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Bangladesh, India, Nepal finally to open road network excluding Bhutan

  • Published at 05:41 pm January 21st, 2020

Passenger, cargo vehicles to run uninterruptedly; protocols to be finalized on Jan 31

Bangladesh, India and Nepal have finally taken the initiative to open a road network connecting the three South Asian nations, excluding the fourth party, Bhutan.

Although Bhutan was also part of the initiative, it withdrew temporarily from the agreement and will not join the network for now. Meanwhile, passenger and cargo vehicles will start moving among the three countries as soon as the protocols are set up.

Bangladesh, Bhutan, India, and Nepal (BBIN) had signed the Motor Vehicle Agreement (MVA) on June 15, 2015. But due to Bhutan’s temporary withdrawal from the deal, the implementation of the road network has been hanging in the balance for years.

Hence, Bangladesh, India and Nepal (BIN) – following a series of tri-nation meetings in the last couple of years – will initial a new agreement to be known as BIN-MVA, in place of the existing BBIN-MVA, excluding Bhutan.

A meeting of the Joint Working Group (JWG) regarding the transformation from the existing BBIN-MVA to BIN-MVA is scheduled to be held on January 30 and 31 in India in this regard.

“The purpose of the meeting is to finalize the [BIN-MVA] protocols, namely the Passenger Vehicle Protocol (PVA) and the Cargo Vehicle Protocol (CVP),” according to a foreign ministry official.

Mohammad Sarwar Mahmood, Director General, Ministry of Foreign Affairs (South Asia), will lead the Bangladesh delegation to India at the JWG meeting.

Considering the overall situation, the foreign ministry has called an inter-ministerial meeting on Thursday aimed at formulating Bangladesh’s position as well as preparing for the JWG meeting on BIN-MVA. Officials concerned from relevant ministries will be present at the meeting.

Chandan Kumar Dey, member of Thematic Group on Regional Connectivity at Ministry of Road Transport and Bridges, told Dhaka Tribune: “We have been informed that Nepal has finally joined the initiative, which is a very positive note for such an international road connection.”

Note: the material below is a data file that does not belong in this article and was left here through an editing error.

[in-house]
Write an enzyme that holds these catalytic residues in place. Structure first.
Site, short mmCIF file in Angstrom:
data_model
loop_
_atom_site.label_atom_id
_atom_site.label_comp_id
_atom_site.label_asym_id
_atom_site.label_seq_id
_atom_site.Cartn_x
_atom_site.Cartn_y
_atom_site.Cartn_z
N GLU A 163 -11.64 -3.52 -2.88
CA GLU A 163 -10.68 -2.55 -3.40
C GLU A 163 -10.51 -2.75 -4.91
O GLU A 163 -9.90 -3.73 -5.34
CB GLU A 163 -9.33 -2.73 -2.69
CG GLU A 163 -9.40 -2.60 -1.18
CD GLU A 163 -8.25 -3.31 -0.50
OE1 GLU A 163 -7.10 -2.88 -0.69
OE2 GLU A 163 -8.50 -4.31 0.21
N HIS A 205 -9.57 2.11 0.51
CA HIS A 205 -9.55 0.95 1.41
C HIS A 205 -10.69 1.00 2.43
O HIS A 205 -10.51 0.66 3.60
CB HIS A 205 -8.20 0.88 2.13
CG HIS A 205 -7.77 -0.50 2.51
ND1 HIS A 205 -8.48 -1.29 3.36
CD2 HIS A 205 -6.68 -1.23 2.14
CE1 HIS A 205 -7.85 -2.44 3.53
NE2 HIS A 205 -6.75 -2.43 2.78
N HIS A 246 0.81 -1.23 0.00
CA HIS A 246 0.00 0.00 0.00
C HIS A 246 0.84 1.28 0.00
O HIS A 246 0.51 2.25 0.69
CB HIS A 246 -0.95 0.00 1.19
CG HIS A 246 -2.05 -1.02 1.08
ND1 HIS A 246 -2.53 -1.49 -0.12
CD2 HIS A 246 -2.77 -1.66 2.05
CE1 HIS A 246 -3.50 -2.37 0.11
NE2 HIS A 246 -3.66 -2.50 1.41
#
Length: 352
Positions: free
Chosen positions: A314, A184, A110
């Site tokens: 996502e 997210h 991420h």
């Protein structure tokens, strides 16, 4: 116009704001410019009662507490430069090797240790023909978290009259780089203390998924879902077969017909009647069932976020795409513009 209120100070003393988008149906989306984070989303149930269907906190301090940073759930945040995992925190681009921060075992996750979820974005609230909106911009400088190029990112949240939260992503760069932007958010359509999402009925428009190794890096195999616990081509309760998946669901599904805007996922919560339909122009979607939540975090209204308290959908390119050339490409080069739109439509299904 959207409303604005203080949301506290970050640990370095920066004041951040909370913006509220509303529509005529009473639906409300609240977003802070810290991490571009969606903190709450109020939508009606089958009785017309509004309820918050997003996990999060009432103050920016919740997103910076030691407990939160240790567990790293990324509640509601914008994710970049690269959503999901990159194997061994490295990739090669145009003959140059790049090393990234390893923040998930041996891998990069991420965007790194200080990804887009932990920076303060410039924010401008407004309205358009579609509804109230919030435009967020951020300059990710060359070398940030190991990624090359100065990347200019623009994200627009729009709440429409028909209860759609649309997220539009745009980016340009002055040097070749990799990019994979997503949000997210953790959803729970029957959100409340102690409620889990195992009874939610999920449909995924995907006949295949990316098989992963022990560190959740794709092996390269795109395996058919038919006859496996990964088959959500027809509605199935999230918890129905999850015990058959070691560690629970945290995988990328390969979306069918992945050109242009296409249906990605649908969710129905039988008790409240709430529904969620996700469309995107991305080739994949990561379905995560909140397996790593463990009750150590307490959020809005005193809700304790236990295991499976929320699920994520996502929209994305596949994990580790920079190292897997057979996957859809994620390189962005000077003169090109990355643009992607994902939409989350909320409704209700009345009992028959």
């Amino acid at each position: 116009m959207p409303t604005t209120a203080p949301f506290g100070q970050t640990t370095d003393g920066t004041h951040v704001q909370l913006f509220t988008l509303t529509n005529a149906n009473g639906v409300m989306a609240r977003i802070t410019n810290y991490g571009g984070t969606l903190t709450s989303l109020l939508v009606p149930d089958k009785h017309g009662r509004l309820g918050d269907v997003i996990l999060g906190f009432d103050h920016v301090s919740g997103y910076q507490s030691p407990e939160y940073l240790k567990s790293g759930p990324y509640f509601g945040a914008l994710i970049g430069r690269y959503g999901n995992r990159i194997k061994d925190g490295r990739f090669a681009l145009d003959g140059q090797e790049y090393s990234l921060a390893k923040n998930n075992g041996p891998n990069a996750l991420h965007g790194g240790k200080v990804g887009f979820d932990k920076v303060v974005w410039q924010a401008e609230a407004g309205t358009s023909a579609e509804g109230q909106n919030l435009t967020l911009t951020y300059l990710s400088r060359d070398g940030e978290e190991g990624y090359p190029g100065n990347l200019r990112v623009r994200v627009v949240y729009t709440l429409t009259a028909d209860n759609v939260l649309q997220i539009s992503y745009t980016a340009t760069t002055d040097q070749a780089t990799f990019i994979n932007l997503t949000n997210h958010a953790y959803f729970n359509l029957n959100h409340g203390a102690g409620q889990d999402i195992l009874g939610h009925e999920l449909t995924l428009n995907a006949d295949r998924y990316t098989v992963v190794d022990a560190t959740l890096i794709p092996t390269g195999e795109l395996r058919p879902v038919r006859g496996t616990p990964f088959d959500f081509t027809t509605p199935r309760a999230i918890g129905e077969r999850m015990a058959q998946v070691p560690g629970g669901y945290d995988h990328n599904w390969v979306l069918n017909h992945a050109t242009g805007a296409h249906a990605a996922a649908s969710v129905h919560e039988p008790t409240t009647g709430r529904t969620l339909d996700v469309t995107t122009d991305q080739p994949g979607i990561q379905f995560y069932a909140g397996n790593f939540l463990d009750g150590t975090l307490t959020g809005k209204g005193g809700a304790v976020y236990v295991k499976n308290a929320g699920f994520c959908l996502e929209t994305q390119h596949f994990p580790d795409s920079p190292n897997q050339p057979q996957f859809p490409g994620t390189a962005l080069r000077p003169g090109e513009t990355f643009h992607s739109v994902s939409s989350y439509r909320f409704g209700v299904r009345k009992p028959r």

The meeting will be held to set up protocols to enable tri-nation passenger and cargo vehicles to travel among the three countries freely, Chandan said.

“But India is still debating the question of allowing cargo vehicles,” he added.

If the BIN-MVA is signed, movement of passengers and goods would become significantly easier. The hassle of changing vehicles during immigration would not be necessary if passenger and cargo vehicles could pass through borders directly from some selective routes, he said.

“Although a meeting is finally going to be held in India, there are still some uncertainties over certain issues. No one can say for now how long it will take for the first journey to begin, but we are trying to do it as soon as possible,” he added.

“As the Bangladesh, Bhutan, India and Nepal (BBIN) Motor Vehicles Agreement (MVA) has been delayed due to Bhutan’s temporary withdrawal from the BBIN-MVA, we are trying to set up the Bangladesh-Indian-Nepal (BIN) agreement.

“However, Nepal was delaying as well its being incorporated in the process but it finally came through,” said Bangladesh Road Transport Corporation (BRTC) Chairman Ahsan Elahi, who recently led a passenger bus trial run between Bangladesh and India.

At one point, Bangladesh wanted to open a bilateral network with India as Nepal was reluctant to join the deal.

“If the three nations can open the road network, business as well as tourism will get a boost in South Asia,” the BRTC chairman said.

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